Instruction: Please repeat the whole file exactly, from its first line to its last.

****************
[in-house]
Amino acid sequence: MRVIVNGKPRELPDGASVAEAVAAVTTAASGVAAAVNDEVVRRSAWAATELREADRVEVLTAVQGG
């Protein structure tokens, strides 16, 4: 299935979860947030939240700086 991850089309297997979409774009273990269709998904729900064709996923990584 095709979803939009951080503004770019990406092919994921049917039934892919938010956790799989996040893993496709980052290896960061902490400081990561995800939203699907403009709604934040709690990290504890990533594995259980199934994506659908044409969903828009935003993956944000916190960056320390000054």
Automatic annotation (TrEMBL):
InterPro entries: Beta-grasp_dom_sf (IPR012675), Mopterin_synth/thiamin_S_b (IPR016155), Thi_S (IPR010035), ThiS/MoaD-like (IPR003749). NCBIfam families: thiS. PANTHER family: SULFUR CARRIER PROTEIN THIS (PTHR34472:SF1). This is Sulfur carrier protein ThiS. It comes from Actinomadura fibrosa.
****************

[in-house]
Amino acid sequence: MRVIVNGKPRELPDGASVAEAVAAVTTAASGVAAAVNDEVVRRSAWAATELREADRVEVLTAVQGG
């Protein structure tokens, strides 16, 4: 299935979860947030939240700086 991850089309297997979409774009273990269709998904729900064709996923990584 095709979803939009951080503004770019990406092919994921049917039934892919938010956790799989996040893993496709980052290896960061902490400081990561995800939203699907403009709604934040709690990290504890990533594995259980199934994506659908044409969903828009935003993956944000916190960056320390000054």
Automatic annotation (TrEMBL):
InterPro entries: Beta-grasp_dom_sf (IPR012675), Mopterin_synth/thiamin_S_b (IPR016155), Thi_S (IPR010035), ThiS/MoaD-like (IPR003749). NCBIfam families: thiS. PANTHER family: SULFUR CARRIER PROTEIN THIS (PTHR34472:SF1). This is Sulfur carrier protein ThiS. It comes from Actinomadura fibrosa.